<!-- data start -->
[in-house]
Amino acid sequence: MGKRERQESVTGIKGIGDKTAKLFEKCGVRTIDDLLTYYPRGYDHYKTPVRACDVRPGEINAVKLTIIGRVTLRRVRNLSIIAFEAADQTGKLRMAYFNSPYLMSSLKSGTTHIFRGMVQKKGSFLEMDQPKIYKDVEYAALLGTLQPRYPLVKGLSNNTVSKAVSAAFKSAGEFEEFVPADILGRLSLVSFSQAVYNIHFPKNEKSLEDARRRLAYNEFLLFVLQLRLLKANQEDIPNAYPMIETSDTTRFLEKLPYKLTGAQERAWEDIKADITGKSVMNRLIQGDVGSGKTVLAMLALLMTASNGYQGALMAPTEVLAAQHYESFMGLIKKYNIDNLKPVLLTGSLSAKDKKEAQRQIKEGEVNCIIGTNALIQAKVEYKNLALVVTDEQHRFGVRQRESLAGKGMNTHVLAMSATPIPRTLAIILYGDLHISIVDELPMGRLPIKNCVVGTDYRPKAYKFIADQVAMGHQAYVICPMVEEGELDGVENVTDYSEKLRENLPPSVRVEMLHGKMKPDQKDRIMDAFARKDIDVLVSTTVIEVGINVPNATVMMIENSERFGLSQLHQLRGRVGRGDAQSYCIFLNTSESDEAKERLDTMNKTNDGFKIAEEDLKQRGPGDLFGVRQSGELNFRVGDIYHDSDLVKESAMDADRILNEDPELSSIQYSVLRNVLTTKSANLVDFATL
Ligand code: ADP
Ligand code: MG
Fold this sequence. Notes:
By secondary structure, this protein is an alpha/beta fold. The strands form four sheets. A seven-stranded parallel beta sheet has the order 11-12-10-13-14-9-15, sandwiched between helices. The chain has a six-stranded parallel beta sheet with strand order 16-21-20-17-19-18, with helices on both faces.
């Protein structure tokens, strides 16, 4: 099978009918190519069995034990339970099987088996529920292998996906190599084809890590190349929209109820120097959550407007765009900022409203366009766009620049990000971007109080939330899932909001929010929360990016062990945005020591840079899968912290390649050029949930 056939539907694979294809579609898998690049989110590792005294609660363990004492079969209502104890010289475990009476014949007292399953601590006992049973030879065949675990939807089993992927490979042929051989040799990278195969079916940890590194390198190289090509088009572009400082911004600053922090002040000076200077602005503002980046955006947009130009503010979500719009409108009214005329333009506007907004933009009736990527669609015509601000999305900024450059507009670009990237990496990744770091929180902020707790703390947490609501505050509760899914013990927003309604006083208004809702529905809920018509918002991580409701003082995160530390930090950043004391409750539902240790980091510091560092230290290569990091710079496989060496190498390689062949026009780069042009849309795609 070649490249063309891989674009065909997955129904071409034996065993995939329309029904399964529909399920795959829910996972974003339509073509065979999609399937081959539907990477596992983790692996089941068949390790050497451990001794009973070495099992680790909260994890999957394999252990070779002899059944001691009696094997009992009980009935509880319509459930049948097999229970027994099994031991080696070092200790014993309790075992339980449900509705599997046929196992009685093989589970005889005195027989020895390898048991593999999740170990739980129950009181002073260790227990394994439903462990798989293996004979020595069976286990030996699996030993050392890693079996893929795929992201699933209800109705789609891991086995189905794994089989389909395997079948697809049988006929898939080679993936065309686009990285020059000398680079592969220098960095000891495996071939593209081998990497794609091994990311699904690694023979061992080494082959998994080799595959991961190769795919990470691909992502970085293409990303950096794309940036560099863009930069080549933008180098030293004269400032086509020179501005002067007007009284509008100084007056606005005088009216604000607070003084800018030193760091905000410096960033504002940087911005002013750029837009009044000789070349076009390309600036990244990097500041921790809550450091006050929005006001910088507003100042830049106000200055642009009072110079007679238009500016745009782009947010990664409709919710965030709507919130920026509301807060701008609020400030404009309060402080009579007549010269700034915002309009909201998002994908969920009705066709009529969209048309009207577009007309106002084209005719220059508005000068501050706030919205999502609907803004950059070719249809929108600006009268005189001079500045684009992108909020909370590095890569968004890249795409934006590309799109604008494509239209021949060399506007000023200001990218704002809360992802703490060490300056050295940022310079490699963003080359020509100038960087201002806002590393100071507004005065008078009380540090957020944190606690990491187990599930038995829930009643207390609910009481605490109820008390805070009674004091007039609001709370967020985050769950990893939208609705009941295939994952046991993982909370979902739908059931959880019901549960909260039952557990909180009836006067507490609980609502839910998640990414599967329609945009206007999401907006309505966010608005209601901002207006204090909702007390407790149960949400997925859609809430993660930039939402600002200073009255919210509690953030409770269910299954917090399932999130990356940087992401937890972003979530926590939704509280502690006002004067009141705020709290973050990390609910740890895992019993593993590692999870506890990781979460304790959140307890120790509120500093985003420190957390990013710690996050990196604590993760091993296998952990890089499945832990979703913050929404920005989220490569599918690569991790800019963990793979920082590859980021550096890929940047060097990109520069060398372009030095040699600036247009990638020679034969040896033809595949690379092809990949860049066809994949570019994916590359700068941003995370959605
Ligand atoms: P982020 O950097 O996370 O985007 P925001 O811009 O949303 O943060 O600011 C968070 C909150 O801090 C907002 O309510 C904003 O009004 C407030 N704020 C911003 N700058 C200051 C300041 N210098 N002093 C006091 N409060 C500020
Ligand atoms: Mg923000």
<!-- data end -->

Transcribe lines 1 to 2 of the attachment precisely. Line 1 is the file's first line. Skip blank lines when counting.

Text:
[in-house]
Amino acid sequence: MGKRERQESVTGIKGIGDKTAKLFEKCGVRTIDDLLTYYPRGYDHYKTPVRACDVRPGEINAVKLTIIGRVTLRRVRNLSIIAFEAADQTGKLRMAYFNSPYLMSSLKSGTTHIFRGMVQKKGSFLEMDQPKIYKDVEYAALLGTLQPRYPLVKGLSNNTVSKAVSAAFKSAGEFEEFVPADILGRLSLVSFSQAVYNIHFPKNEKSLEDARRRLAYNEFLLFVLQLRLLKANQEDIPNAYPMIETSDTTRFLEKLPYKLTGAQERAWEDIKADITGKSVMNRLIQGDVGSGKTVLAMLALLMTASNGYQGALMAPTEVLAAQHYESFMGLIKKYNIDNLKPVLLTGSLSAKDKKEAQRQIKEGEVNCIIGTNALIQAKVEYKNLALVVTDEQHRFGVRQRESLAGKGMNTHVLAMSATPIPRTLAIILYGDLHISIVDELPMGRLPIKNCVVGTDYRPKAYKFIADQVAMGHQAYVICPMVEEGELDGVENVTDYSEKLRENLPPSVRVEMLHGKMKPDQKDRIMDAFARKDIDVLVSTTVIEVGINVPNATVMMIENSERFGLSQLHQLRGRVGRGDAQSYCIFLNTSESDEAKERLDTMNKTNDGFKIAEEDLKQRGPGDLFGVRQSGELNFRVGDIYHDSDLVKESAMDADRILNEDPELSSIQYSVLRNVLTTKSANLVDFATL